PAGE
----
19815 Bay Branch Rd
Andalusia, Alabama 36420
(334) 222-2523
HELPLINE: 1-877-530-0002



Facebook    

 

SCAMHC is an approved Mental Health site for the National Health Service Corps Loan Repayment program.  Find out the program details and see if you qualify by visiting: http://nhsc.hrsa.gov/

SCAMHC is an Equal Opportunity Provider and Employer and maintains a Drug-Free Workplace

 

 

 

 


powered by centersite dot net
Child & Adolescent Development: Overview
Resources
Basic InformationMore InformationLatest News
1 in 3 U.S. Parents Won't Get Flu Shots for Their Kids: SurveyKids Much Less Prone to Coronavirus Infection Than Adults: StudyImmune System Clues to Why COVID Is Easier on KidsFDA Warns of Danger From 'Benadryl Challenge,' Asks TikTok to Remove VideosAfter COVID-19 Exposure, When Can Young Athletes Resume Play?Kids Who Need Steroids Face Risk of Diabetes, Other IllsMom-to-Be's Pot Use Linked With Higher Odds for Kids' Mental WoesKids Often Hit Hard by Death of Beloved Pet, Study FindsHolidays Can Be a Fright for Kids With Food AllergiesHow to Help Ensure Your Students Get Enough SleepAs Schools Reopen, Many Students, Staff Live With High-Risk Family MemberBlack Kids at Higher Odds for ADHDProbiotic Might Help Ease Children's EczemaMore Than 1 in 3 U.S. Pediatricians Dismiss Vaccine-Refusing FamiliesDeath From COVID-19 Very Rare for Americans 21 and Under: ReportAre School Lunches a Ticket to Healthy Eating?Fewer Kids May Be Carrying Coronavirus Without Symptoms Than Believed: StudyAre At-Home 'Learning Pods' the Right Fit for Your Family?Kids at 2 Utah Day Cares Easily Spread COVID to FamiliesChildren Use Both Sides of the Brain to Understand LanguagePlaying Football at Young Age Doesn't Slow Concussion Recovery in CollegeYouth Vaping Down, But Still Popular: CDCOver Half a Million U.S. Kids Already Infected With COVID-19Rates of Child Hospitalization Similar Between COVID-19, Flu: StudyFirst Trial of Gene-Targeted Asthma Rx in Kids Shows PromiseKids Can Have Coronavirus And Antibodies at Same Time: StudyKeep School Sports Safe During PandemicCOVID-19 Precautions Extend to Car Seats, Seat BeltsAHA News: How to Keep Kids Active While Learning From Home – and Why That's VitalDoes TV And Computer Time Affect Kids' Math, Reading?Kids, Teens Usually Have Mild COVID-19 Infections, Rarely Fatal Ones: StudyUSDA Extends Free School Meals Program Amid PandemicTime Spent in Nature Boosts Kids' Well-BeingSweet-Tooth Tendencies Change as Kids Get Older: StudyA Guide to Managing Children's Diabetes During COVID-19U.S. COVID Cases Pass 6 Million, With Infections Rising in YouthsArtificial Pancreas Controls Diabetes in Kids 6 and Up, Clinical Trial ShowsAHA News: As the Coronavirus Upends Schools, Experts Say Don't Forget the ArtsOne Pandemic Silver Lining: Fewer Severe Asthma Attacks in KidsPandemic Learning Can Strain Children's EyesObesity in Youth Could Be Big Risk Factor for MSDon't Count on Vitamin D to Ease Childhood AsthmaHow to Keep Your Kids Trim Through QuarantineFlu Shots for Kids Protect Everybody, Study ShowsPlay It Safe With Allergies, Asthma During Pandemic School YearAnorexia Often Stunts Girls' Growth, Study FindsHelp Your Child Cope With Back-to-School JittersHigh Viral Loads Make Kids 'Silent Spreaders' of COVID-19Many Child Abuse Cases May Be Going Unreported During PandemicPharmacists in All U.S. States Can Give Kids Childhood Shots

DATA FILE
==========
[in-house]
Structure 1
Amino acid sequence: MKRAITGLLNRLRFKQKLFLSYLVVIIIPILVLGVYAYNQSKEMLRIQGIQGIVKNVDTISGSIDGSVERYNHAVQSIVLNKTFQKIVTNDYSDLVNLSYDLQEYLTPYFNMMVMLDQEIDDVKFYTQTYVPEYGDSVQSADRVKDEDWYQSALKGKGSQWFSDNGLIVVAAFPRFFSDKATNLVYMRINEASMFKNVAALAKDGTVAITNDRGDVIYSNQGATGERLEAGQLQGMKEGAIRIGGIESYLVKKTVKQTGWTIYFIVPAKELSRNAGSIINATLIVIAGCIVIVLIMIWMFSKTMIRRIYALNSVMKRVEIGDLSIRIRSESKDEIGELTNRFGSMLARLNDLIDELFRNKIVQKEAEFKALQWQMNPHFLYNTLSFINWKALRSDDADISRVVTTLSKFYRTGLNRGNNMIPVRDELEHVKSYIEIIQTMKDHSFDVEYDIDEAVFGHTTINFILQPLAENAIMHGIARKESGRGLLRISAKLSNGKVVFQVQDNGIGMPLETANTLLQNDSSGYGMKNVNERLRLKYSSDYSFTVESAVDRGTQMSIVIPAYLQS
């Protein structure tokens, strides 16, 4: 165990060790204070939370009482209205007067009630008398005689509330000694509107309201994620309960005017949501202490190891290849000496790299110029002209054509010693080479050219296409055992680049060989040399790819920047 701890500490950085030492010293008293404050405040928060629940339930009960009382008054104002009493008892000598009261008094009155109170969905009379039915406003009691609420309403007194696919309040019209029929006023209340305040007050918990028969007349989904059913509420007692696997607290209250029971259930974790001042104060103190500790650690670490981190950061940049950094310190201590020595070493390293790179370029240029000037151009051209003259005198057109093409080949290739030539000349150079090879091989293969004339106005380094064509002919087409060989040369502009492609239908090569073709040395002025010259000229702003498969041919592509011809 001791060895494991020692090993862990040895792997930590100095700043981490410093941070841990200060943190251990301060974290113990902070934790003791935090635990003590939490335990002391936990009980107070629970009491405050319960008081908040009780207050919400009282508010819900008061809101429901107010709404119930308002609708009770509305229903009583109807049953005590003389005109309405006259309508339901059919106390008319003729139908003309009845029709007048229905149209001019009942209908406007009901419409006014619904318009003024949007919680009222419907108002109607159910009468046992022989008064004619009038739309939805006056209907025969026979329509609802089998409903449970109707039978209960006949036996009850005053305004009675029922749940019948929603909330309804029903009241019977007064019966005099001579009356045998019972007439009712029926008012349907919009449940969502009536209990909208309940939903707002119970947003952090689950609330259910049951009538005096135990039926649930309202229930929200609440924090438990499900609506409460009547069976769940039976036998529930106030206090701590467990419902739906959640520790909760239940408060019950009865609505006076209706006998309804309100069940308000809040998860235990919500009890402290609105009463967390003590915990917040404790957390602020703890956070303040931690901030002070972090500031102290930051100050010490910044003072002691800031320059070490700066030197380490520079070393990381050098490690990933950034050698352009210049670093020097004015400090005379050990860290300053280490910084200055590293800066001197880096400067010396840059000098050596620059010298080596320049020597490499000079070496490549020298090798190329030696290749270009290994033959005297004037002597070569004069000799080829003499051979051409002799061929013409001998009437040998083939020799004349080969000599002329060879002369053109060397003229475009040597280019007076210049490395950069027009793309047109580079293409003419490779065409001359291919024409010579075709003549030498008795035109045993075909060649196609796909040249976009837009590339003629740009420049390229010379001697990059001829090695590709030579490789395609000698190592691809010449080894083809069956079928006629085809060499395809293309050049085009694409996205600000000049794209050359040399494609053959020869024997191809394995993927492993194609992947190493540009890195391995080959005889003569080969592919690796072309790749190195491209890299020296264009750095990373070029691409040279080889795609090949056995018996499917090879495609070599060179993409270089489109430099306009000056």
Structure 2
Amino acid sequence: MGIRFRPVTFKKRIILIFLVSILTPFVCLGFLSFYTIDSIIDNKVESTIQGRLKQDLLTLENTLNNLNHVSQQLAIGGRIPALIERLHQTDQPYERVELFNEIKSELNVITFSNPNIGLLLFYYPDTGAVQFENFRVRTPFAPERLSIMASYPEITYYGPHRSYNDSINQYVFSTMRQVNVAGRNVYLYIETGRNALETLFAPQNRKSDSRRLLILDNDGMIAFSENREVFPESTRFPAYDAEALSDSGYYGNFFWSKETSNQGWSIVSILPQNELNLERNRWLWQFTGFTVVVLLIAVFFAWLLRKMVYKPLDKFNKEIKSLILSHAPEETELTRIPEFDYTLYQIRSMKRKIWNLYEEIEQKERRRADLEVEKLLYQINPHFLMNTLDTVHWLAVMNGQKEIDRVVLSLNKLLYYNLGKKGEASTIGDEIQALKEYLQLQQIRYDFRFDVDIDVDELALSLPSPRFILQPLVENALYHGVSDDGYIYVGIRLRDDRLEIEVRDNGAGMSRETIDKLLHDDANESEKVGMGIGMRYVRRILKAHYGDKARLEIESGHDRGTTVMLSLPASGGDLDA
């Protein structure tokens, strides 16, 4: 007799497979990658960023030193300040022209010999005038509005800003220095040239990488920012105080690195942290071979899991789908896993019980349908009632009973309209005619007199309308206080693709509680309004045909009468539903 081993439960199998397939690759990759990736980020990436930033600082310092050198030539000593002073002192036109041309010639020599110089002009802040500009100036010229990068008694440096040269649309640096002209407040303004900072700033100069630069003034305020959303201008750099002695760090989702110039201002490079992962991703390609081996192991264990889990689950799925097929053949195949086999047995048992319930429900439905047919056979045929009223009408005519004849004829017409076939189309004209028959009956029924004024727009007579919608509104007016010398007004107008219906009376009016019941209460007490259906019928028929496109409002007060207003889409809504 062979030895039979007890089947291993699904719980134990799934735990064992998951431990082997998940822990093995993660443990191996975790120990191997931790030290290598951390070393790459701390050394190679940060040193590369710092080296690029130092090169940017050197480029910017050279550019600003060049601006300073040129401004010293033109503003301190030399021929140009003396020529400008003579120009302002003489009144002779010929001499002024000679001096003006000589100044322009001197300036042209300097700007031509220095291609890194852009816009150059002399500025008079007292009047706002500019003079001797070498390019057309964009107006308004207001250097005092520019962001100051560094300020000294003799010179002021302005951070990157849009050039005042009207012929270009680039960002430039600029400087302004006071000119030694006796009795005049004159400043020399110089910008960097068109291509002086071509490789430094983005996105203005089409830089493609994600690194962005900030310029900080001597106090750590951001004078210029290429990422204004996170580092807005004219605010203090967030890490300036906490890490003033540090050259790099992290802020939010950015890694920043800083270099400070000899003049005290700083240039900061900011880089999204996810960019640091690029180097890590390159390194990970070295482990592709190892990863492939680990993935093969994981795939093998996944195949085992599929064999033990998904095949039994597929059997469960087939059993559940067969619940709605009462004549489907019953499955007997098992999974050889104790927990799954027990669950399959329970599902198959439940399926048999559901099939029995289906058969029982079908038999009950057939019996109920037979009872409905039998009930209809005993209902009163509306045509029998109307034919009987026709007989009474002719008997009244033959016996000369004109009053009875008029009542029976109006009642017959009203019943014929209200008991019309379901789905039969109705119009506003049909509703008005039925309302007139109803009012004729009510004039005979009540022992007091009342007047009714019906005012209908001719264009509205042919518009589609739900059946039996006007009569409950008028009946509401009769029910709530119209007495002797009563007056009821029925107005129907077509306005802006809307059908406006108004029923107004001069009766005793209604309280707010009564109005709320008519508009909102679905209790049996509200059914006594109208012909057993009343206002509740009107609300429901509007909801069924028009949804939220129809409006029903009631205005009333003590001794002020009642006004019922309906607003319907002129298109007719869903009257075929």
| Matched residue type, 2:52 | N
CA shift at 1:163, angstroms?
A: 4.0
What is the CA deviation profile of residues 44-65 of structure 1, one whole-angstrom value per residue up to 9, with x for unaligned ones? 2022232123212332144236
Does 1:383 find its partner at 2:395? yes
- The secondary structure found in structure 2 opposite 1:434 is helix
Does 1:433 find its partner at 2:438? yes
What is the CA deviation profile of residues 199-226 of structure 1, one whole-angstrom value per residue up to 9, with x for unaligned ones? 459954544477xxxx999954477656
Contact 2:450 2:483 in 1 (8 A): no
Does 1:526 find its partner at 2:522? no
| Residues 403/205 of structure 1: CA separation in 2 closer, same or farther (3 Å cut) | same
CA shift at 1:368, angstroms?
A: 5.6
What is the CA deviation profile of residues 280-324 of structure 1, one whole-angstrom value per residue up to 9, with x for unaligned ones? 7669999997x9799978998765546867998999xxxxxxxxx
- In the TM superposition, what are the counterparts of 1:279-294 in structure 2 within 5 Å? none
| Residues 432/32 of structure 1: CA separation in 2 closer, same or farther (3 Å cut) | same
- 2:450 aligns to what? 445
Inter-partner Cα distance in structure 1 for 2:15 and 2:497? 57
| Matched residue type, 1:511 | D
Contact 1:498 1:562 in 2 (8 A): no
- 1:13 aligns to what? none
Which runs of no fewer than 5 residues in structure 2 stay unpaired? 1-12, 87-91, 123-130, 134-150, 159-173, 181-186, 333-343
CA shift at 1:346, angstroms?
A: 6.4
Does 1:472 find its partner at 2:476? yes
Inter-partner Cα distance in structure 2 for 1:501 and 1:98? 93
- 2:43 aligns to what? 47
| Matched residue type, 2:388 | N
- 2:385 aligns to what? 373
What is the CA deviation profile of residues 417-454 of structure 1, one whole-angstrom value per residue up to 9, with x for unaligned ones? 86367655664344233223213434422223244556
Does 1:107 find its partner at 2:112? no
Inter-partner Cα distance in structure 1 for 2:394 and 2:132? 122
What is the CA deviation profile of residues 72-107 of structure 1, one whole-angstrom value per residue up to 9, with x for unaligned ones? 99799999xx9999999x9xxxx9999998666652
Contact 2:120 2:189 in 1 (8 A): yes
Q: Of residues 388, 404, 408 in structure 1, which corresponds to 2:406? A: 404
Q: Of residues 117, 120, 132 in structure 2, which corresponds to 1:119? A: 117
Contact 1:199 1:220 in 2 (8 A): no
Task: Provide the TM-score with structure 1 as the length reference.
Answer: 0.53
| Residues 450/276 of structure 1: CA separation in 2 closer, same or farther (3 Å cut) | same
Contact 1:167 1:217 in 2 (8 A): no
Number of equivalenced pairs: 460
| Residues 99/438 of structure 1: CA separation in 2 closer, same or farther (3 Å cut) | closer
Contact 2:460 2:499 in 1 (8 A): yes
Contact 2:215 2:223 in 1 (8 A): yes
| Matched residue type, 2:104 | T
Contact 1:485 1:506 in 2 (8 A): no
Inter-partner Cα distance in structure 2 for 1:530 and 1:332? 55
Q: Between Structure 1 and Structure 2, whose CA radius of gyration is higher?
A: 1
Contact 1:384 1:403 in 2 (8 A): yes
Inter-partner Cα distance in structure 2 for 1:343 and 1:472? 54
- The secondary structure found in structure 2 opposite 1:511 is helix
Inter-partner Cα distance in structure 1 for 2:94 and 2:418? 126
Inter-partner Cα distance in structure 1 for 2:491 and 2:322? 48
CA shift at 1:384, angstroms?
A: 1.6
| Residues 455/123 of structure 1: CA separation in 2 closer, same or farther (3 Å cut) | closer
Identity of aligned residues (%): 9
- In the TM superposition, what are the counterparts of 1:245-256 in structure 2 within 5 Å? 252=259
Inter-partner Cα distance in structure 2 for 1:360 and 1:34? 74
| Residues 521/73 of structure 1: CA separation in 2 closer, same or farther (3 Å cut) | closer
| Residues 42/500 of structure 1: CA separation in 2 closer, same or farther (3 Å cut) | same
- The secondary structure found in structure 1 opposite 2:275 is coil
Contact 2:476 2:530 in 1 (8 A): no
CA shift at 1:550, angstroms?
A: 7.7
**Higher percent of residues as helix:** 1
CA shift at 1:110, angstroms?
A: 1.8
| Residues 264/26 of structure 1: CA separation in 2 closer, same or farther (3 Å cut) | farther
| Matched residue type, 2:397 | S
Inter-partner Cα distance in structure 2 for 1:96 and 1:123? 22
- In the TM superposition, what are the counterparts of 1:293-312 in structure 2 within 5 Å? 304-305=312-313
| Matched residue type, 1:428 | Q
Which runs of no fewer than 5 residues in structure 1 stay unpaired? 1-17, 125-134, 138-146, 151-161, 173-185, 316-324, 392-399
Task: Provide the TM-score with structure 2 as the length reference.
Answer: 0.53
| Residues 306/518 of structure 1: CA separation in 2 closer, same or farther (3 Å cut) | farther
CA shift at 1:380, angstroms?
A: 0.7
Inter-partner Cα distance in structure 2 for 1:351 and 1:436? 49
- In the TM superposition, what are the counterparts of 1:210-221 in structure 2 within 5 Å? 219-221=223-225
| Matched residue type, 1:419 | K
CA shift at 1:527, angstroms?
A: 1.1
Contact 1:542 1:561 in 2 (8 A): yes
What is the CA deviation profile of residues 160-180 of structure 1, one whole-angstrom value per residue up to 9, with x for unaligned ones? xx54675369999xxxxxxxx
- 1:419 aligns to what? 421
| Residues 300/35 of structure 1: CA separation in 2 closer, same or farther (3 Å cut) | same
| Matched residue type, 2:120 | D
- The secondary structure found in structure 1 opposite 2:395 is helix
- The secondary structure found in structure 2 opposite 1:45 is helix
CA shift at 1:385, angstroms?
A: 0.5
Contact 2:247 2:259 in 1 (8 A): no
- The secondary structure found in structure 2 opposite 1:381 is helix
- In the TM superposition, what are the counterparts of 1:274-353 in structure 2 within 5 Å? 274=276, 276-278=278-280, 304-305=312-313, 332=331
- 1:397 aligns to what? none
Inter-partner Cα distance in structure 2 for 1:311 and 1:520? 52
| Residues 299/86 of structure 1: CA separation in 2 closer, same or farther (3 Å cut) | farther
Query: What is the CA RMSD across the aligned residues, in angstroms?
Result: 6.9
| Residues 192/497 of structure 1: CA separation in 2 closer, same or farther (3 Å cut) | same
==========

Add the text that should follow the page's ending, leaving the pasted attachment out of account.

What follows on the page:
Questions and AnswersVideosLinksBook Reviews
Related Topics

ADHD: Attention Deficit Hyperactivity Disorder
Childhood Mental Disorders and Illnesses
Parenting

Anorexia Often Stunts Girls' Growth, Study Finds

HealthDay News
by -- Steven Reinberg
Updated: Aug 20th 2020

new article illustration

THURSDAY, Aug. 20, 2020 (HealthDay News) -- Girls with the eating disorder anorexia nervosa may have stunted growth, new research suggests.

People with anorexia nervosa believe they weigh too much, even if they're underweight. They may lose a dangerous amount of weight by dieting, exercising excessively, or binge-eating and purging.

"Our findings emphasize the importance of early and intensive intervention aiming at normalization of body weight, which may result in improved growth and allow patients to reach their full height potential," said researcher Dr. Dalit Modan-Moses of Chaim Sheba Medical Center in Tel Hashomer, Israel.

For the report, the researchers studied 255 girls around age 15 who were hospitalized for anorexia nervosa.

The investigators measured the patients' height at the time of hospitalization and again at adulthood. The women's adult height was much shorter than expected compared with the genetic potential gauged by their parents' height, the study authors said.

"We suggest that the height impairment is a marker for other complications of anorexia nervosa affecting the person's overall health in several aspects: bone health, cognitive [mental] function, and problems with pregnancy and childbirth later in life. Early diagnosis and treatment could prevent, or at least reduce, the risk of these complications," Modan-Moses said in a news release from the Endocrine Society.

"This study may have implications for the management of malnutrition in adolescents with other chronic diseases in order to achieve optimal adult height and bone health," Modan-Moses added.

The report was published online Aug. 17 in the Journal of Clinical Endocrinology & Metabolism.

More information

For more on anorexia nervosa, see the U.S. Department of Health and Human Services.